Touch detector 210 includes a pair of CMOS inverters 214 and 216 which respond to inputs to touch receptor 50 via a resistance 218. The output of inverter 216 is applied to an average voltage detector circuit comprising a diode 220, a pair of series resistances 222 and 224, and a capacitor 226 coupled across resistance 224. The junction of resistances 222 and 224 provides an output terminal 228 of the touch detector. In addition, touch detector 210 includes a low-pass filter comprising a resistor 230 and a capacitor 232 in a feedback arrangement with a FET 234 connected in shunt between the input terminal of inverter 214 and common or ground line 96. The output terminal of inverter 216 switches from low to high when the input signal applied to inverter 214 exceeds a predetermined threshold level.

Reference detector 212 is substantially similar in circuitry to touch detector 210. The reference detector incorporates a pair of CMOS inverters 236 and 238 coupled to AC power supply line 24 via a resistance 240. Inverter 238 provides a first output terminal 242 of the reference and message detector which produces output pulses in response to the disturbances on the AC power supply signal. Output terminal 242 of inverter 238 is connected to an average voltage detector circuit comprising a diode 244, a pair of series resistances 246 and 248, and a capacitor 250 coupled across resistance 248. The junction of resistances 246 and 248 provides a second output terminal 252 of the reference detector. In addition, reference detector 212 includes a low-pass filter comprising a resistance 254 and a capacitance 256 in a feed-back arrangement with a FET 258 connected in shunt between the input terminal of inverter 236 and common or ground line 96.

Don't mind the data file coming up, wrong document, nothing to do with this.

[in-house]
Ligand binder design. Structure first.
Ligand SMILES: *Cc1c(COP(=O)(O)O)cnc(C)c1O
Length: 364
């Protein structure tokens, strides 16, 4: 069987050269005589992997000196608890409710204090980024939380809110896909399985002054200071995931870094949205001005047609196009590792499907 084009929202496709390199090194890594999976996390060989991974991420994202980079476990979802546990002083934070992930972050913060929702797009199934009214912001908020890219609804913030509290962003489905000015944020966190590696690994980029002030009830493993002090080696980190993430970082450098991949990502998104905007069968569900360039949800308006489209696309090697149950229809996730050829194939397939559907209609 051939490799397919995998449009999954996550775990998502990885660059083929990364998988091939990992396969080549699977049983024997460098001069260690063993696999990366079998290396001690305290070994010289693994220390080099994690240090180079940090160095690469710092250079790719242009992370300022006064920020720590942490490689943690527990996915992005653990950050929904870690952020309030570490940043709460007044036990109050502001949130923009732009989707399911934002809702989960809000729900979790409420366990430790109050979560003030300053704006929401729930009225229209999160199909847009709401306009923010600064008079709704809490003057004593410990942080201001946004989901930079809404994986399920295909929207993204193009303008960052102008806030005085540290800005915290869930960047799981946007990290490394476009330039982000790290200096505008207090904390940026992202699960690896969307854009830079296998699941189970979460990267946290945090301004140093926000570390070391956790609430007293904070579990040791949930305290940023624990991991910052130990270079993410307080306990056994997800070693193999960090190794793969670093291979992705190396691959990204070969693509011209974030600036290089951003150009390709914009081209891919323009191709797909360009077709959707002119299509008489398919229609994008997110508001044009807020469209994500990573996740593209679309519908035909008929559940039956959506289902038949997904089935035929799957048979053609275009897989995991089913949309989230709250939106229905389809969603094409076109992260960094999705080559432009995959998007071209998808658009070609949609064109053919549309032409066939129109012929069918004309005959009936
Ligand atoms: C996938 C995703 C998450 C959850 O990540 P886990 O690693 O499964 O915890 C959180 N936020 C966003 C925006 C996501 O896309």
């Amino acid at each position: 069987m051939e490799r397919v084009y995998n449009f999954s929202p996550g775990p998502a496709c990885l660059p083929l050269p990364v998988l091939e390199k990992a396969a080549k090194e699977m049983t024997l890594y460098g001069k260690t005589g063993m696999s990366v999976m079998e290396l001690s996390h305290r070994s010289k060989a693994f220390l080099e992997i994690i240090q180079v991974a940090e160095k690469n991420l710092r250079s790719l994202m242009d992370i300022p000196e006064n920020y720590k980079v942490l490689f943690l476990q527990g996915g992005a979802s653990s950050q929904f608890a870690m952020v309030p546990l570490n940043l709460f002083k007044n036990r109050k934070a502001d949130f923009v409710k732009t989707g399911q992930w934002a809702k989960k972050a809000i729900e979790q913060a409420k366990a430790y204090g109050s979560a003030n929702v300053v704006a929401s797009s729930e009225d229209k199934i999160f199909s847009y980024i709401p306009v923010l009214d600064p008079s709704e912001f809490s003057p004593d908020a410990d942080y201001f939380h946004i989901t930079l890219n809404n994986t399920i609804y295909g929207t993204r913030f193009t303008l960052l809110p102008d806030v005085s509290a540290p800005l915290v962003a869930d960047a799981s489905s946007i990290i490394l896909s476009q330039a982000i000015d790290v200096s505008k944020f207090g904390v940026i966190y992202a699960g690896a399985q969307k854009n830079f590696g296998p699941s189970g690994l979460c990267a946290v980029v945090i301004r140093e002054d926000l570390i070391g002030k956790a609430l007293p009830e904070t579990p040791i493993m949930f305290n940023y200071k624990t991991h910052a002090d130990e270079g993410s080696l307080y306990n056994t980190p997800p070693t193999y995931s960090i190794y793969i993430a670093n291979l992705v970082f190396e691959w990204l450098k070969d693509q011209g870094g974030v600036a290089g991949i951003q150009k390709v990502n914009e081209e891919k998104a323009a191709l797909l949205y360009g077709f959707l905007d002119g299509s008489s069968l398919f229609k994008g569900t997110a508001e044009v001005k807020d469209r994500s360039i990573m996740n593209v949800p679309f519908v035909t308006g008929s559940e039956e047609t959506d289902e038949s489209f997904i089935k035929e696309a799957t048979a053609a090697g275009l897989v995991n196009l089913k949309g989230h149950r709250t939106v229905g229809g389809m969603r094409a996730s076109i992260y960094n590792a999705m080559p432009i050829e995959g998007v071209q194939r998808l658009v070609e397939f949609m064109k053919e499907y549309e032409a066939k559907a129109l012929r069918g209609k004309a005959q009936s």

The touch decoder of the receiving unit comprises a flip-flop 260 having a clock input CL1 driven in synchronism with the power supply signal on AC power line 24 via a resistor 261, an inverter 262 and a conductor 263. Flip-flop 260 also includes a data input D1 coupled via a conductor 264 to output terminal 228 of touch detector 210. In addition, the flip-flop has a reset terminal R1 coupled via a conductor 265 to output terminal 252 of reference detector 212. The touch decoder also includes a low-pass filter comprising a resistance 266 and a capacitance 268 coupled to an output terminal Q1 of flip-flop 260.

Reference detector 212 produces a high output signal at output terminal 252 only in response to power supply line voltage fluctuations. On the other hand, touch detector 210 produces a high output signal at output terminal 228 either in response to a touch input at receptor 50 or to a fluctuation in power supply line voltage. Consequently, a high output signal at terminal 252 of the reference detector in response to a fluctuation in the power supply voltage precludes a high output at output terminal Q1 of flip-flop 260. Output terminal Q1 of flip-flop 260 can only produce a high output signal when a touch input at receptor 50 results in a high output signal at terminal 228 of touch detector 210 in the absence of power line fluctuations.

In the absence of power supply line fluctuations, output terminal Q1 of flip-flop 260 is driven to a high level by every touch input to receptor 50. On the other hand, a high output signal appears across capacitance 268 only in response to long touch inputs to receptor 50. Thus, the touch decoder enables the receiving unit to discriminate between different, i.e., short and long, touch inputs. When a short touch input is applied to receptor 50, output terminal Q1 of flip-flop 260 is driven high while the output across capacitance 268 remains low. When a long touch input is applied at receptor 50, high output signals appear both at output terminal Q1 of flip-flop 260 and across capacitance 268.